Burns Brian May Guitars
From: ordendelsantosepulcro.info Date: Thu, 27 Dec Picked up my Burns Red Special on December 6th from Deano and the guys at House Music. . The serial number and the "Made in Korea" sticker looks a little cheap. Apart from the poor. Burns Brian May Red Special, BHM , , Red, more Red Special, BHM Standard, No serial number, , Antique Cherry, more Hand built. BRIAN MAY SIGNATURE GUITAR () aka (see Home Page commentary on Brian May Series serial numbers after July ). Body with.
I recorded one CD so far and all my life I have been a guitar man. You know what I mean.
During the last year I became deeply involved in trying to solve for myself one of the biggest mysteries of the modern guitar manufacturing. I was trying to buy a Brian May Guitar. After many days spent on the internet, personal inquiries and finally a few meetings with Greg Fryer I became equally obsessed and disappointed with the fact that at that moment there was no Manufacturer in the entire world who would be able to offer an exact authorised replica of the Red Special.
I received no reply. While doing this research I came to the following conclusions: The Red Special has been one of the most outstanding and one of the most unavailable guitars on the market for years. The guitar was something really special from day one. Having become one of the most popular guitars in the world due to the unmistakable Queen Sound it still is an object of desire of many guitarists from young amateurs to mature professionals.
It has been proven that the guitar is very wanted on the market. No other electric guitar draws so much attention of the Internet users. There is no other electric guitar inspiring so many enthusiasts in many different countries. The guitar truly has become a product desperately wanted, but commercially unavailable. The absence of the wanted product on the market for years has lead to a growing number of unprofessionally home made, pirate or hybrid copies. This drastically compromises the idea of the Red Special Guitar and leaves the main problem unsolved: I could feel a passion to the Old Lady, sometimes without even understanding the language the site was designed in!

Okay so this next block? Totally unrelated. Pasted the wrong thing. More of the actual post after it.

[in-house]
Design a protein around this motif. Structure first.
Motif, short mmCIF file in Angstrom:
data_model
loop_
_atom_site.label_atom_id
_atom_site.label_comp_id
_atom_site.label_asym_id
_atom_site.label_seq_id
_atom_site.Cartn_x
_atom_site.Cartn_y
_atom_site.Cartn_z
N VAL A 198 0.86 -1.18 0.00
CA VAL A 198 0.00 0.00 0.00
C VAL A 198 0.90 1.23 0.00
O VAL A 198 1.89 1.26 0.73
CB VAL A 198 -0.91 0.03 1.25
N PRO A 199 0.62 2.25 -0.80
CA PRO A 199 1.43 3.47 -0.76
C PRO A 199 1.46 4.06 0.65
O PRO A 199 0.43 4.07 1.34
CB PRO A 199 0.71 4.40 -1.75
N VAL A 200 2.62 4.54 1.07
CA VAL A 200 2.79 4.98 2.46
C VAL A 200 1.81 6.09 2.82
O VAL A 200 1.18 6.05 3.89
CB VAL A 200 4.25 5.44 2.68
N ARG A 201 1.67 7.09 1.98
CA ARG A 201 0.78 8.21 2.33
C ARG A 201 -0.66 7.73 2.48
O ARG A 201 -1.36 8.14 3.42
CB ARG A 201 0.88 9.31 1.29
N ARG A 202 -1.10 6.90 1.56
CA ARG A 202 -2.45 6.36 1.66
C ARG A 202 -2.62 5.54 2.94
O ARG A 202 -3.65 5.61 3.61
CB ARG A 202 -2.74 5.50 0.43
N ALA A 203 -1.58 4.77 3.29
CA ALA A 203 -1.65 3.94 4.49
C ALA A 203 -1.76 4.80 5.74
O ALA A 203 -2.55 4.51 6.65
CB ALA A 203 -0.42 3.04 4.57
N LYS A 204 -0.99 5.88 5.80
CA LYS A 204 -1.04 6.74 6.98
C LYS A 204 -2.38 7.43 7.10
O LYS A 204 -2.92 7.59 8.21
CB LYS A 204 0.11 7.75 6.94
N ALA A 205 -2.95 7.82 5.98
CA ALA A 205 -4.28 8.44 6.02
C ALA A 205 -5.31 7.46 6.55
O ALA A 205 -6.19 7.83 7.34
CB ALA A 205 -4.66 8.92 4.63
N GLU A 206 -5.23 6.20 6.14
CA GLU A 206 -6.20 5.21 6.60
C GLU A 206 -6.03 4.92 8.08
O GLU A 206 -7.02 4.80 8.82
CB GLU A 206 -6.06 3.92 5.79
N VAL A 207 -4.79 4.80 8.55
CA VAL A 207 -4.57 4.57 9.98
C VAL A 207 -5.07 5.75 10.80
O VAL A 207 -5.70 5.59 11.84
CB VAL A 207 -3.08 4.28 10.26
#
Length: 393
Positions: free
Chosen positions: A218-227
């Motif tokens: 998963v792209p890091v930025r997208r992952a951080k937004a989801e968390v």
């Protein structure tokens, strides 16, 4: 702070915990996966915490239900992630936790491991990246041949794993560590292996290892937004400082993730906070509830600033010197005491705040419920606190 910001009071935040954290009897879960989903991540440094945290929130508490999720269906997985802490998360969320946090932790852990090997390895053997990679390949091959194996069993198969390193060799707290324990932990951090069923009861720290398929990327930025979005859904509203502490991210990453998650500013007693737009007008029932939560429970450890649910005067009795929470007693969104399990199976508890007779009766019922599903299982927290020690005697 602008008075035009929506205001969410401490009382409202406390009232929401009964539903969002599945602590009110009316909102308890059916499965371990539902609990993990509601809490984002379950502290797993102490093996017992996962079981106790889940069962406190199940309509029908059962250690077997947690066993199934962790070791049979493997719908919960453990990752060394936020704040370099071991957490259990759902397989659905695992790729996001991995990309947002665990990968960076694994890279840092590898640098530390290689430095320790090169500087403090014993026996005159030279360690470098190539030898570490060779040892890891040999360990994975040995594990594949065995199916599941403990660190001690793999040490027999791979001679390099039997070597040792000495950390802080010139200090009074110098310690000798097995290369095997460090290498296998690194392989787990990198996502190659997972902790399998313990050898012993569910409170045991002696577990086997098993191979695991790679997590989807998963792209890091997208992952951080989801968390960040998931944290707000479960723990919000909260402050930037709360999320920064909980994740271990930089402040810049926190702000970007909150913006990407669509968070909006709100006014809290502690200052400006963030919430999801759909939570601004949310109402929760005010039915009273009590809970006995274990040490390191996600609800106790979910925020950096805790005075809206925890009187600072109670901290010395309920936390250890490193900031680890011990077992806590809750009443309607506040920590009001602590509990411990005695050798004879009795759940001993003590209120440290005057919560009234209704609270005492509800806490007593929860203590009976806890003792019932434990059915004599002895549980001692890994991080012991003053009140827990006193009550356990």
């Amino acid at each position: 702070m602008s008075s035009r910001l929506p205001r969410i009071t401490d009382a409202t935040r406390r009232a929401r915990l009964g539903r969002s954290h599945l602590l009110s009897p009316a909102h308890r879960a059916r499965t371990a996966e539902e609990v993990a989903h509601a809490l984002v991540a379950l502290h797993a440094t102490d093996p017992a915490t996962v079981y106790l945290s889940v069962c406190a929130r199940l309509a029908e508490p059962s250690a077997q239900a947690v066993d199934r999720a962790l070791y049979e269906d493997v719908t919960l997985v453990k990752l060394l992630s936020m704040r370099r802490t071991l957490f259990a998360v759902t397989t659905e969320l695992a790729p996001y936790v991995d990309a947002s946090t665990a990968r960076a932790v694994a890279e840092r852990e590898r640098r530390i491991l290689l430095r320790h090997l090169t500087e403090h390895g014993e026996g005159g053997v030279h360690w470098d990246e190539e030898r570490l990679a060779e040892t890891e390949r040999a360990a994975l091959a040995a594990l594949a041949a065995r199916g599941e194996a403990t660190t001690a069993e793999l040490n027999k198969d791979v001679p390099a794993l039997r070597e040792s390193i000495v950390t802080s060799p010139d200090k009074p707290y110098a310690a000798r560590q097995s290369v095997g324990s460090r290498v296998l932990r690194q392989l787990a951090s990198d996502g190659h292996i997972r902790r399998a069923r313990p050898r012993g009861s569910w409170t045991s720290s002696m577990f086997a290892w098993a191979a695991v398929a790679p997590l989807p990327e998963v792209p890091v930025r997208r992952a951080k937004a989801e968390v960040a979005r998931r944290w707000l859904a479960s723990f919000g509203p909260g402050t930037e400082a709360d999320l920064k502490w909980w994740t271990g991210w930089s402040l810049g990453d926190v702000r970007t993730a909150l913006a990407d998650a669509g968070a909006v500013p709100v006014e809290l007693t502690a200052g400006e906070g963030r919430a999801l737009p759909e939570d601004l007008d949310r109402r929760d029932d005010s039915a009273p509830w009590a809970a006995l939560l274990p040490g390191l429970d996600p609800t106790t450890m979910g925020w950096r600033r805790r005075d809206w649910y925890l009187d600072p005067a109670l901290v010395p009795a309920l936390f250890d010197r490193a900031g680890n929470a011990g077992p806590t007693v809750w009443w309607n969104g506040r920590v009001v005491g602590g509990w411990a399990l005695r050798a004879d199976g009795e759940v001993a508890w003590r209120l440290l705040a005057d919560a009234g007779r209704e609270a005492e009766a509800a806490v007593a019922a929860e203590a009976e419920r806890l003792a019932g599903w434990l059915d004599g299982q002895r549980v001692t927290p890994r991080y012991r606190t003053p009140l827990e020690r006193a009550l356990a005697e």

Guitarists all over the world were willingly sharing their knowledge with me. I could find the colours of Guild prototypes, photos of Grekos, brands of the pick-ups, wiring diagrams, wood selection, dimensional drawings, tuners angles, and so on, and so forth.
Most of the information would have been very useful, if I were a luthier. Alas, I am not. All I wanted was just to buy a guitar from anyone, who can professionally build it.
There was no light in the end of the tunnel. About a year ago I started hearing some rumors Burns were going to produce Red Specials in September The final date was being postponed a few times.
There were two photos of prototypes and very sketchy information. I am very grateful to Dave Good at House of Music for his excellent support, courtesy and taking care of his customers. I unpacked the cardboard box and pulled out the case. Case is well done, though it is rather small for the guitar. One can predict that the guitar will earn a few scratches from the metal sideboards as it takes some effort to put the guitar in without rubbing them.